A final concern is fundraising done by specific organizations in which the money collected is granted to individual sets of prospective adoptive parents. Some of these organizations make it difficult for some couples to adopt or accept the applications of only Christian parents. I take particular issue with Steven Curtis Chapman’s organization whose mission statement is to “provide a child with the knowledge of God’s plan for his or her eternal life with a forever family called The Body of Christ.” This seems to send a message of saving the pagan, Godless children of China rather than trying to provide them with the best care possible whether that be with families domestically or abroad. Since these Christian fundraising organizations have the most money, a righteous image of adoption is propagated. Treating adoption as a “really wonderful invitation to experience God in a profound way by being a part of His sovereign plan for His precious children,” makes it seem as though adoption is a natural piece of divine intervention, and not a repercussion of faulty systems and political strife. Keeping the discussion of adoption at a “divine” level, and ignoring the actual political issues surrounding it ensures that the problems which drive adoption will continue. Keeping parents in situations that forces them to abandon their children does not seem like a very holy or Christian act.
I think of how I would have felt if my parents had fundraised or relied on an outside organization’s fundraising efforts in order to fund my adoption. When I was young, I may have fed into the “we worked so hard to make you ours” mantra and felt “special” by that. I remember in my elementary school years, though, not feeling special, just different when people would try to convince me of otherwise. I know I absolutely would not have wanted to be the face of some charity project and would be horrified if little buttons and fliers with my face on them existed. Additionally, I think fundraising cheapens adoption into even more of a consumer/provider relationship, with even more unnecessary exchanges of money. I want to be a daughter in a family, not a commodity to be bought. Fundraising for adoption emphasizes the brokenness of the international adoption system, prioritizing money and idealizing Western education/culture/thought. Why are people fundraising to take children out of their home countries? Where are the people fundraising to keep children with their first families?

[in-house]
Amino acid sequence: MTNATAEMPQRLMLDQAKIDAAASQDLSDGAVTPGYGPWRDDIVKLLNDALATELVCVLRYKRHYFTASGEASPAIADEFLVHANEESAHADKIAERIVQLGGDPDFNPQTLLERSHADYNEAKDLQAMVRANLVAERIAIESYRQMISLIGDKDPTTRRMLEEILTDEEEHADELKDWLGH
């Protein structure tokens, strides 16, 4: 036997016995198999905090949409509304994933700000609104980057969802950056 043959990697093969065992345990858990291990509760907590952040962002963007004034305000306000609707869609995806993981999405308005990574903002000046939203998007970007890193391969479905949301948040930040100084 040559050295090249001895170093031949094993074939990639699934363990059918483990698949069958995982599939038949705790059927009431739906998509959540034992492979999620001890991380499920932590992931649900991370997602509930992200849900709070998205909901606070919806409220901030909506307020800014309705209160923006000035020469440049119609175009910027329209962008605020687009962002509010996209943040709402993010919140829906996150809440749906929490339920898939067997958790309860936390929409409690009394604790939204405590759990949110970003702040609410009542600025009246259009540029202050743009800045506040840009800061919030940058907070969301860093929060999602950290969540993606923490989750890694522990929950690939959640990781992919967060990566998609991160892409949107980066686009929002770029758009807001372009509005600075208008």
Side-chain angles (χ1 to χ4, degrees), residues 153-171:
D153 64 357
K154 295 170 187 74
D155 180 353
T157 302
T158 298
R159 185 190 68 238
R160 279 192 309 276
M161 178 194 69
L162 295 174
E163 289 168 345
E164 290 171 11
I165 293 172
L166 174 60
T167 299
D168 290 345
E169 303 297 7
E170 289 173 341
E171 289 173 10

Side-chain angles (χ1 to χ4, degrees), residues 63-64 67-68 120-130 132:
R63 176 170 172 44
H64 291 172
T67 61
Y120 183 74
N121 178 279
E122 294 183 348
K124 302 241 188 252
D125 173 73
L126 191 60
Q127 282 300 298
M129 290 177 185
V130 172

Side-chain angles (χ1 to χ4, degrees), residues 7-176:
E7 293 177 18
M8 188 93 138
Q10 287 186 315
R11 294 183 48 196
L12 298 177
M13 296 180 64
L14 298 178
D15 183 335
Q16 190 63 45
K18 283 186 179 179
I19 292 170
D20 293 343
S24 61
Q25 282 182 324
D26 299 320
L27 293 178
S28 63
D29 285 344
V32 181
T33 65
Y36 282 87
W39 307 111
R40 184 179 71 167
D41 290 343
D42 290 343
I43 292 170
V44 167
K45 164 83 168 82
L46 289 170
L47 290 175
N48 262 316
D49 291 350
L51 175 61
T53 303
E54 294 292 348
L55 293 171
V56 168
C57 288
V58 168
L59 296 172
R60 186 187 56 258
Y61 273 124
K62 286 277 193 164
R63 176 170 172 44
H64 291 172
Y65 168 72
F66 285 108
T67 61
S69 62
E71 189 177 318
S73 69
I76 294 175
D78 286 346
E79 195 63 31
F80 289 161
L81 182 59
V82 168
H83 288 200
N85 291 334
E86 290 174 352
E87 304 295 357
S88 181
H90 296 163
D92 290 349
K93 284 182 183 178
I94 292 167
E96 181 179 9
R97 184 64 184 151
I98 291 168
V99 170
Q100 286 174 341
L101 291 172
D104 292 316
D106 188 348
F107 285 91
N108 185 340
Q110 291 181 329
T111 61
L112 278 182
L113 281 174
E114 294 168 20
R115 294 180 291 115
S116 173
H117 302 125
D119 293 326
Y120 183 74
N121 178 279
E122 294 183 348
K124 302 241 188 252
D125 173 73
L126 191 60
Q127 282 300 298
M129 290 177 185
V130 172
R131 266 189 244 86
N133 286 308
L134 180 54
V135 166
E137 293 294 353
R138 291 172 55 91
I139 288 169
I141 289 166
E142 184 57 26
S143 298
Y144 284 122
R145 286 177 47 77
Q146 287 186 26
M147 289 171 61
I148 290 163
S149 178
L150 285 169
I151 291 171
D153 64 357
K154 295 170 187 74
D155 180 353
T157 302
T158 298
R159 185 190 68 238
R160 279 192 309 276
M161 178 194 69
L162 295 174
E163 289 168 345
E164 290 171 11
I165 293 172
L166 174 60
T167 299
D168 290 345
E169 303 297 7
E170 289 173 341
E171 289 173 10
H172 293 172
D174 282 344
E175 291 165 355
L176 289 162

UNICEF reports that “of the more than 132 million children classified as orphans, only 13 million have lost both parents . . . UNICEF’s ‘orphan’ statistic might be interpreted to mean that globally there are 132 million children in need of a new family, shelter, or care. This misunderstanding may then lead to responses that focus on providing care for individual children rather than supporting the families and communities that care for orphans and are in need of support.” Knowing that many of the children being adopted (especially from China) are not truly orphans in the Western connotation of the word (the reason adoptee searches and reunions can happen), I believe that the only ethical fundraising in relation to adoption is family preservation. There are groups that sponsor children to stay with their parents or other family members if the parents are unable. There are organizations that raise money to cover the costs of surgeries for children whose families can’t afford the necessary care and would otherwise feel forced to relinquish the child for adoption. Family preservation isn’t exclusive to these already existing, family focused organizations. Promoting family preservation is supporting the development of countries, which typically reduces reproduction rate. Promoting family preservation is educating women, which reduces the fertility rate, and allows them to work and provide an income for their families. Promoting family perseveration is educating women about contraceptive and reproductive health so they don’t have children they can’t afford to raise. Promoting family preservation is eradicating gender preferences. Promoting family preservation is challenging the social stigmas of single motherhood, questioning governmental family planning policies like the One Child Policy, and establishing welfare systems that mothers can rely on for support instead of facing these challenges alone. Promoting family preservation lies in community building, recognizing that a non-Western education and life is not necessarily a lesser one, and prioritizing children over our own desires. Though these systemic societal issues cannot be conquered overnight, these are tangible steps we can take to make sure that in the future, international adoptions are cheaper and rare.